Bill Simon, Walmart's U.S. CEO, says there's a common misperception about his company.
"According to urban legend, our stores are filled with products that weren't made in the U.S.," Simon said in a speech at the National Retail Federation convention.
A majority of Walmart's spending, however, is on goods that were manufactured in America, he said.
"According to data from our suppliers, two-thirds of our spending is on American-made products," Simon said. "America is still the biggest manufacturer in the world."
Walmart plans to use even more made-in-America products, spending an additional $50 billion over the next 10 years, Simon said.
"We also plan on giving suppliers the certainty they need by signing longer contracts," he said. "Increasing what we already buy here will help American manufacturing."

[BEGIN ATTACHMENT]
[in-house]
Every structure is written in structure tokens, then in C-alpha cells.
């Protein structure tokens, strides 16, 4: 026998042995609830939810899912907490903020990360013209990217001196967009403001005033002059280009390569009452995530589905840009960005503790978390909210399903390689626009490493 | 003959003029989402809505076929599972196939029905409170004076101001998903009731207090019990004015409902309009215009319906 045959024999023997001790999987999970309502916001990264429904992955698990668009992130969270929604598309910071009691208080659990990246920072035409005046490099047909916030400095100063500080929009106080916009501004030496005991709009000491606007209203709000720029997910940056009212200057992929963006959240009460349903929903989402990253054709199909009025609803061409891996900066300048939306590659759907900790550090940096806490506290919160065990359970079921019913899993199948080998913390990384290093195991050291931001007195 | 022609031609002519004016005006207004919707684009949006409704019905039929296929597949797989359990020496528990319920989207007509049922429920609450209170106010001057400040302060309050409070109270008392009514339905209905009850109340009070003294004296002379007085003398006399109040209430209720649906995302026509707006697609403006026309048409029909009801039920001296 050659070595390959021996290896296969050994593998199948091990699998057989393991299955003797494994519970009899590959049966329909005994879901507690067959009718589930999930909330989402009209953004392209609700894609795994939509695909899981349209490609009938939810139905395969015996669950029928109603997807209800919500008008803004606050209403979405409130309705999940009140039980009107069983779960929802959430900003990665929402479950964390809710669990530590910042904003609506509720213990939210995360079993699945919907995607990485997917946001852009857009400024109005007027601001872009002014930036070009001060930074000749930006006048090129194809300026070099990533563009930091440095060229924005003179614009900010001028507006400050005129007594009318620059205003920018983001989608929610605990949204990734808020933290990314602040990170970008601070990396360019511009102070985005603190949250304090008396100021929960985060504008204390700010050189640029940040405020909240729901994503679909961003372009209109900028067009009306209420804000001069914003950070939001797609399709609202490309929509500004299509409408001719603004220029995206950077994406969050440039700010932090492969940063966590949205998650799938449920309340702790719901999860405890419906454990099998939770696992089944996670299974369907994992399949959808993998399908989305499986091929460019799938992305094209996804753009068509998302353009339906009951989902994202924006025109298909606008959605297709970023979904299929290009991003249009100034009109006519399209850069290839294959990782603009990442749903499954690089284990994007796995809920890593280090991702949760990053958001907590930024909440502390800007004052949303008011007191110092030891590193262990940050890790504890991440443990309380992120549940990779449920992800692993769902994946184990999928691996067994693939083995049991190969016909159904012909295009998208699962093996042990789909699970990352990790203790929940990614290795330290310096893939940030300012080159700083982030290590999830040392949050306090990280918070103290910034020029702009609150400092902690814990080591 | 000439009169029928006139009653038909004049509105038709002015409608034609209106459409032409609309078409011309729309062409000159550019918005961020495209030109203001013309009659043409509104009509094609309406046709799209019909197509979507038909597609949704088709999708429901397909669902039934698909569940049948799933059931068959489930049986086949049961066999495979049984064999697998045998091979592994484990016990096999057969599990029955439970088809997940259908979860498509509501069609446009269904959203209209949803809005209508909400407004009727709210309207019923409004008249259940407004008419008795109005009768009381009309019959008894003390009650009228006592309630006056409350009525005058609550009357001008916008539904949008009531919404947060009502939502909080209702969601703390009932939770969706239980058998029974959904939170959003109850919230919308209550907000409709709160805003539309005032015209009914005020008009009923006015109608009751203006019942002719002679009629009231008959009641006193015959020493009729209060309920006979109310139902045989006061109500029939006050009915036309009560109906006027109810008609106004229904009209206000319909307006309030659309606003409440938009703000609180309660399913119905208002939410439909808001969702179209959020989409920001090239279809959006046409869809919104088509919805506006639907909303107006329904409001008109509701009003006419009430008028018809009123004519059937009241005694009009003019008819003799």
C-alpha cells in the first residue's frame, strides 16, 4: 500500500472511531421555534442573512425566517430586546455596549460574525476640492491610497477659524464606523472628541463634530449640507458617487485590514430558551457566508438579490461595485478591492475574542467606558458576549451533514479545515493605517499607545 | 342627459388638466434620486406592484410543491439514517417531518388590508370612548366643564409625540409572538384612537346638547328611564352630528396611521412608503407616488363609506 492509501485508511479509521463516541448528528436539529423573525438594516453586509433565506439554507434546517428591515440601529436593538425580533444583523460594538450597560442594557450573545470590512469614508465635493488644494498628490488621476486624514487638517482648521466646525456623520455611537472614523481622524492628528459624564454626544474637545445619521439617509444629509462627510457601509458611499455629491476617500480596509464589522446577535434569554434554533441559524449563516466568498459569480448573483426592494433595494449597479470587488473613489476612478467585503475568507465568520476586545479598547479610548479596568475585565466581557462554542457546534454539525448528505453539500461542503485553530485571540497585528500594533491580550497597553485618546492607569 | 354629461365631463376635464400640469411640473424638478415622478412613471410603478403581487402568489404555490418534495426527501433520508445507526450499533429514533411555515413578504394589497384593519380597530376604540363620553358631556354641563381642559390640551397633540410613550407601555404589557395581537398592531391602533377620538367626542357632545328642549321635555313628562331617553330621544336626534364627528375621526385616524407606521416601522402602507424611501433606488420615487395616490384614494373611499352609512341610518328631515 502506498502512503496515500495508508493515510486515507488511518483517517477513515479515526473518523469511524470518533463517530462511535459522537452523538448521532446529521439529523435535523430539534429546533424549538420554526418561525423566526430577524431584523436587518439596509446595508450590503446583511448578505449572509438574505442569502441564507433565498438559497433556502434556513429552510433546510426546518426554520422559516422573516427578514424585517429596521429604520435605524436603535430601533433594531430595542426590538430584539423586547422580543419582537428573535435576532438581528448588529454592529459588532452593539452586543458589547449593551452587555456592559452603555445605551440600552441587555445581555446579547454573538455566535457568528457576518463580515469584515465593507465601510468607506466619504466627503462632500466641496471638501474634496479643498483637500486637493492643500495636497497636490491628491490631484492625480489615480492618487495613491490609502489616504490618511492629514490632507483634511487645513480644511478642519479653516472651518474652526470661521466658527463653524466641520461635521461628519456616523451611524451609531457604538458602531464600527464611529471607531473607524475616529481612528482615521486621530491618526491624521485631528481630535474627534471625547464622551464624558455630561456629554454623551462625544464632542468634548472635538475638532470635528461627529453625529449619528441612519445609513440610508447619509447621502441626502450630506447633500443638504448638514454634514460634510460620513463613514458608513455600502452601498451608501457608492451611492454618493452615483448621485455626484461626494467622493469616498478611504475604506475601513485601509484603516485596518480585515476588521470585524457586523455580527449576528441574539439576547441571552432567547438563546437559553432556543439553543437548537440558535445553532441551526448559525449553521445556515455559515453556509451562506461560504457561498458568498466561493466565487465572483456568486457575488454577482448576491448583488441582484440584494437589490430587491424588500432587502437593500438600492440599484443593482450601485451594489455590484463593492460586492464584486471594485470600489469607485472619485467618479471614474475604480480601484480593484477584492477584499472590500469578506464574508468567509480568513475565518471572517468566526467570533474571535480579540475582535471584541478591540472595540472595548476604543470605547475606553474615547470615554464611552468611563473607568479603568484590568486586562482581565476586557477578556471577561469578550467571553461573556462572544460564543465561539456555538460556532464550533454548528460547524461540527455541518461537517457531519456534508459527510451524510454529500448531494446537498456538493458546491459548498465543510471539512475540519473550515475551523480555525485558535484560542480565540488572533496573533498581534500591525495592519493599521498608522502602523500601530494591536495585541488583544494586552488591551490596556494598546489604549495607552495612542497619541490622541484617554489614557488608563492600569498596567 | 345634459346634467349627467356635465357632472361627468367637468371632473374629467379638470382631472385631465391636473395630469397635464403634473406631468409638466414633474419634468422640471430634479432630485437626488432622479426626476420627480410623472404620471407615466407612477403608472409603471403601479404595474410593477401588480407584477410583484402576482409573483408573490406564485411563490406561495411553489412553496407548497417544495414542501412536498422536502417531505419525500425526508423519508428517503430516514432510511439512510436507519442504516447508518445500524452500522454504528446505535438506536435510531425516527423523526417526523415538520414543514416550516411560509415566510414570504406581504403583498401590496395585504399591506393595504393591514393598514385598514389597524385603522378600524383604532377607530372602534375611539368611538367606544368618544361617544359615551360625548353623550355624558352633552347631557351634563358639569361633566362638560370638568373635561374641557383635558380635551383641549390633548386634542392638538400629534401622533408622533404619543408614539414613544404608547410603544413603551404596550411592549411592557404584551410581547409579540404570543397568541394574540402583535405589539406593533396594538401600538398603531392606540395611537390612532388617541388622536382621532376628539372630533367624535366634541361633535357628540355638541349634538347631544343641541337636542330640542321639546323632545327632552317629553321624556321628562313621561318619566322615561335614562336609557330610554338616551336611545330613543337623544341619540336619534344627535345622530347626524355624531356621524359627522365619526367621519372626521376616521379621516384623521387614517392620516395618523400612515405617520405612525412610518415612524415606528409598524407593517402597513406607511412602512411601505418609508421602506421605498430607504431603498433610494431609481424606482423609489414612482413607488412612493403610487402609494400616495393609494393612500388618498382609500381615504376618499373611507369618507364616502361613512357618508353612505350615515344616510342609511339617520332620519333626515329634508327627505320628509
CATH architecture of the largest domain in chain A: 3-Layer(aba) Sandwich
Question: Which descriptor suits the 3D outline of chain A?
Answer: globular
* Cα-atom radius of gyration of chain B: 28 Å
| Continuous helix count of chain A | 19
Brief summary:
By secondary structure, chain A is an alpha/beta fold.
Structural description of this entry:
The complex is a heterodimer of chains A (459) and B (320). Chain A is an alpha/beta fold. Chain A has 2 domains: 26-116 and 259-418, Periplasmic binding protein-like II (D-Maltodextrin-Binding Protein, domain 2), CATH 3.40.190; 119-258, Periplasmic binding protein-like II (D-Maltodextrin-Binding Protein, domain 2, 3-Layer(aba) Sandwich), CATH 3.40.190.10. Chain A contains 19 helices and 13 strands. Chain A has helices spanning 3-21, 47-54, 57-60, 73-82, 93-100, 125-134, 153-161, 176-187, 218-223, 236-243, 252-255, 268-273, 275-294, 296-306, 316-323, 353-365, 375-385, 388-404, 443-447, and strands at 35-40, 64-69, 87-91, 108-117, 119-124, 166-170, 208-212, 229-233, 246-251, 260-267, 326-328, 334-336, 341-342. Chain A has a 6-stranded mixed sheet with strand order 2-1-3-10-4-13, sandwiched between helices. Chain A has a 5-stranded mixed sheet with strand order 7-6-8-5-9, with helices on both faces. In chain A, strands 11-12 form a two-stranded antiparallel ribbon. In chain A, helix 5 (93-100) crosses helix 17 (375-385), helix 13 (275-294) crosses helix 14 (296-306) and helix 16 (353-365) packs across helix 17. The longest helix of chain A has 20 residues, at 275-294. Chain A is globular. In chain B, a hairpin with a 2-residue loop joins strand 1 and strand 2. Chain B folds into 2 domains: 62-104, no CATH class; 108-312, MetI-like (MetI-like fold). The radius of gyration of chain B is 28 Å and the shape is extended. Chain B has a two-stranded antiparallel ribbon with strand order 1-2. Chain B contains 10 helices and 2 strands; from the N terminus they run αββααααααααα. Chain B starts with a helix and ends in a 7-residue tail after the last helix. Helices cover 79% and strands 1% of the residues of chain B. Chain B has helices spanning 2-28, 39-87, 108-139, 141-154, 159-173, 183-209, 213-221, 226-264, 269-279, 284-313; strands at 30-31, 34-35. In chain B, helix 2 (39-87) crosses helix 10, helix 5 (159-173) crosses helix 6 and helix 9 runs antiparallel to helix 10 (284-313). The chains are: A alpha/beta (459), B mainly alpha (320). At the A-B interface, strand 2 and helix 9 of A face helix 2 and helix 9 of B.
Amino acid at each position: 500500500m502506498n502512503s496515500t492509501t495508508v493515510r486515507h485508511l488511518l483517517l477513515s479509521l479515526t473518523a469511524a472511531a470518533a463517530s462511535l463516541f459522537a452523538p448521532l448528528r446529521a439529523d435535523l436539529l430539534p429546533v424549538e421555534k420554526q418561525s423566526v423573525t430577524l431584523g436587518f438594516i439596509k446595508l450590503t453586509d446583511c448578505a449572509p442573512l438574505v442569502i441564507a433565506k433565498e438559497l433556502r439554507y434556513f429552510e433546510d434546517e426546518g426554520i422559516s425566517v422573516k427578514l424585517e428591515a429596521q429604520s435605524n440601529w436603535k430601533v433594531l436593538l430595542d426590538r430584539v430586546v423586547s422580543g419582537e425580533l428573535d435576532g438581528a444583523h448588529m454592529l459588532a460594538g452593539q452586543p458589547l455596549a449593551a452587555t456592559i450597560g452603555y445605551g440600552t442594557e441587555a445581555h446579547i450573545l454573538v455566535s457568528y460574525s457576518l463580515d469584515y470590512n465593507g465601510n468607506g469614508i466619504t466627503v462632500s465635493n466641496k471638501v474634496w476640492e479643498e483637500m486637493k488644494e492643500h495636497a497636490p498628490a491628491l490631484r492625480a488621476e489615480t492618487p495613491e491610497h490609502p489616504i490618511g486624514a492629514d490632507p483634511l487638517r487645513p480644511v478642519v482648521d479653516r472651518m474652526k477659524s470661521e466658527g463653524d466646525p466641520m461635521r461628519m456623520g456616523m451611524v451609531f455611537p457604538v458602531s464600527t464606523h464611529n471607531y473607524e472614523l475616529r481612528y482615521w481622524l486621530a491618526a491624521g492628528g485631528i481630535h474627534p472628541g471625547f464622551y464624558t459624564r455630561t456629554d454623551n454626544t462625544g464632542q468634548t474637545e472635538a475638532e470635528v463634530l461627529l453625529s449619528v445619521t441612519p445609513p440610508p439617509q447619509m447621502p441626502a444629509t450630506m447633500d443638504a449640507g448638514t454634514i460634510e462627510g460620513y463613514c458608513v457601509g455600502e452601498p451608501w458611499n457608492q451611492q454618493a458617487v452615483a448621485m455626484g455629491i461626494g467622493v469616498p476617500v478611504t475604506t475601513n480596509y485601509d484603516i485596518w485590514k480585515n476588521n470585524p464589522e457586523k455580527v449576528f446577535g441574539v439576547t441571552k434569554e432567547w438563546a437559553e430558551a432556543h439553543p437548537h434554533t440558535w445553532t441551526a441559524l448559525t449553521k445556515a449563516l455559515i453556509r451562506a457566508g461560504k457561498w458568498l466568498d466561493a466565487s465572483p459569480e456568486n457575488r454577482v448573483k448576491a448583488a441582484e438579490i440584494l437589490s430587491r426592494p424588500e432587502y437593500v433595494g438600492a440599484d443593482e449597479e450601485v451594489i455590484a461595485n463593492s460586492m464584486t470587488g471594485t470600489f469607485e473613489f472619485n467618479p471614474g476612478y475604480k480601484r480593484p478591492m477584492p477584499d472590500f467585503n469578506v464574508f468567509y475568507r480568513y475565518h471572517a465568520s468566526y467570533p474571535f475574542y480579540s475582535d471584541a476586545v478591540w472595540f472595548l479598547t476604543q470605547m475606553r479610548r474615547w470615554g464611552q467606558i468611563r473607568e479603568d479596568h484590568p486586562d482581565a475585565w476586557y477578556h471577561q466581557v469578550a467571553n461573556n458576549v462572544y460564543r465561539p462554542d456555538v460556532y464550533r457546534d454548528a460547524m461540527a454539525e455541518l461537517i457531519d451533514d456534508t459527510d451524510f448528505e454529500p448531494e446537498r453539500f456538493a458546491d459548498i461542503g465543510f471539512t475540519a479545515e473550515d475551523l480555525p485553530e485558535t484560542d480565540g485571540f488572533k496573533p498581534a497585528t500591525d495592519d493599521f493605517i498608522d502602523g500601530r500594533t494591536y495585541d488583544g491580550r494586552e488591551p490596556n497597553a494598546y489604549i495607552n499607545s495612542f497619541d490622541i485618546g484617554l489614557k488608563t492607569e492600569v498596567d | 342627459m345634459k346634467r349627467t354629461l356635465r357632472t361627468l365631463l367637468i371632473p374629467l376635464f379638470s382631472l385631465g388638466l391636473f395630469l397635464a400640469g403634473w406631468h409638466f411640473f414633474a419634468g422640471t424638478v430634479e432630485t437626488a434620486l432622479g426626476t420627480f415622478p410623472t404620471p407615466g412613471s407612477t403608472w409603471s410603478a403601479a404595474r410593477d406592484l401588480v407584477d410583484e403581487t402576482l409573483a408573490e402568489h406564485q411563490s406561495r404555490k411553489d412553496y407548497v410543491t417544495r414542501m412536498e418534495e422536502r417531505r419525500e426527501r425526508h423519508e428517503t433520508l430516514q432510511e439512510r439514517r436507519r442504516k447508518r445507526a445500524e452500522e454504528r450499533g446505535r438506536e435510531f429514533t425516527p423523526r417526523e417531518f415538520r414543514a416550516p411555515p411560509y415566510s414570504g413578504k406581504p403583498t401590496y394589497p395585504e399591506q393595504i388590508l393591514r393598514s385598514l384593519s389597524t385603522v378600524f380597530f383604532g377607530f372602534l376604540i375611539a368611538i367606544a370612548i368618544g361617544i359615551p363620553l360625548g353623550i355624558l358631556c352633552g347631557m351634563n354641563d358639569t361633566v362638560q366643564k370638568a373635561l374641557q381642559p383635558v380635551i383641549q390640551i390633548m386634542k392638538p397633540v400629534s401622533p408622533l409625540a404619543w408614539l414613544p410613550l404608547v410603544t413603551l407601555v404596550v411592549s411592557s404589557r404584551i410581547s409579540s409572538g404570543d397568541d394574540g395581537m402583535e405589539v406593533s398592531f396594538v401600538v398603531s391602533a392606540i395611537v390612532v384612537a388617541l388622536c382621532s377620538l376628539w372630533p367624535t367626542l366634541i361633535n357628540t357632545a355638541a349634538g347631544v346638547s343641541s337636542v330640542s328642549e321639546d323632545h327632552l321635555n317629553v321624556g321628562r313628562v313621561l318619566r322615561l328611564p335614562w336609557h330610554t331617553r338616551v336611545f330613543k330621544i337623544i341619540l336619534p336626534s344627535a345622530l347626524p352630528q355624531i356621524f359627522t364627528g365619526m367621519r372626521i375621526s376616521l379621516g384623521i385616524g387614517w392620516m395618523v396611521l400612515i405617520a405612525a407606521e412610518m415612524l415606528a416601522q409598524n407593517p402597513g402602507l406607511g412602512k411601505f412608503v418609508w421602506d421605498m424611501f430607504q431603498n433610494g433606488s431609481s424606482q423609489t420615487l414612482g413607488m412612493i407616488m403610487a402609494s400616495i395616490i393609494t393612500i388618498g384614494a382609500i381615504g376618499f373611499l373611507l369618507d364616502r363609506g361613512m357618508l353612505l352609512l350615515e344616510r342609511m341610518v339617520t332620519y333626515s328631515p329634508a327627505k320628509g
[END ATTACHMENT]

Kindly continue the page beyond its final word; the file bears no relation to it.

Simon said the push for American manufacturing won't cause prices to go up for consumers. He also said the company would continue to make the same profits.
"Walmart isn't a charity, it's a business," Simon said. "We're not going to do something that will raise prices or hurt our margins."
A report by think-tank Demos alleged that Walmart's imported products eliminated 133,000 U.S. manufacturing jobs.
Shelly Banjo, retail reporter for the Wall Street Journal, pointed out that Walmart's "two-thirds" figure isn't as impressive as it seems.
"Would point out that 55% of walmart is groceries though," Banjo said in a tweet.
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